Immune modulation and modulators in Heligmosomoides polygyrus infection

Rick M. Maizels*, James P. Hewitson, Janice Murray, Yvonne M. Harcus, Blaise Dayer, Kara J. Filbey, John R. Grainger, Henry J. McSorley, Lisa A. Reynolds, Katherine A. Smith

*Corresponding author for this work

Research output: Contribution to journalArticlepeer-review


The intestinal nematode parasite Heligmosomoides polygyrus bakeri exerts widespread immunomodulatory effects on both the innate and adaptive immune system of the host. Infected mice adopt an immunoregulated phenotype, with abated allergic and autoimmune reactions. At the cellular level, infection is accompanied by expanded regulatory T cell populations, skewed dendritic cell and macrophage phenotypes, B cell hyperstimulation and multiple localised changes within the intestinal environment. In most mouse strains, these act to block protective Th2 immunity. The molecular basis of parasite interactions with the host immune system centres upon secreted products termed HES (H. polygyrus excretory-secretory antigen), which include a TGF-β-like ligand that induces de novo regulatory T cells, factors that modify innate inflammatory responses, and molecules that block allergy in vivo. Proteomic and transcriptomic definition of parasite proteins, combined with biochemical identification of immunogenic molecules in resistant mice, will provide new candidate immunomodulators and vaccine antigens for future research.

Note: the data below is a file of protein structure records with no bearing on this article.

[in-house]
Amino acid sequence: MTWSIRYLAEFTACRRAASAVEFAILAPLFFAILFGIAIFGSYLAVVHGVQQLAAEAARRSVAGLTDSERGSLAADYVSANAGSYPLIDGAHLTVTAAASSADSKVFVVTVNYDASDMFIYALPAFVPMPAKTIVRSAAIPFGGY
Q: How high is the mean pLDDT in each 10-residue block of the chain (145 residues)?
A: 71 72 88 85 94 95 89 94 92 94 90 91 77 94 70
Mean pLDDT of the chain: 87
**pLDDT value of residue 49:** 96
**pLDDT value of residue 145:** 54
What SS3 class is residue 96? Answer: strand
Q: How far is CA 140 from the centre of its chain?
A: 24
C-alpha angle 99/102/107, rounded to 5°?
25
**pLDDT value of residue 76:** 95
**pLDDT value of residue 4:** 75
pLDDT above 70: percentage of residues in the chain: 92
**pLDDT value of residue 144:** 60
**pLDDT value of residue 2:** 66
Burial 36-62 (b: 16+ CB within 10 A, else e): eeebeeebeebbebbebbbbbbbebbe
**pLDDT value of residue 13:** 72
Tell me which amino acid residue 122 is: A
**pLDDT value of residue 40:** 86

Original languageEnglish
Pages (from-to)76-89
Number of pages14
JournalExperimental Parasitology
Issue number1
Publication statusPublished - 1 Sep 2012


  • alternatively activated macrophages
  • antibody isotype
  • cytokine
  • dendritic cell
  • immunosuppression
  • mucosal immunity
  • secreted immunomodulators
  • T cell subsets


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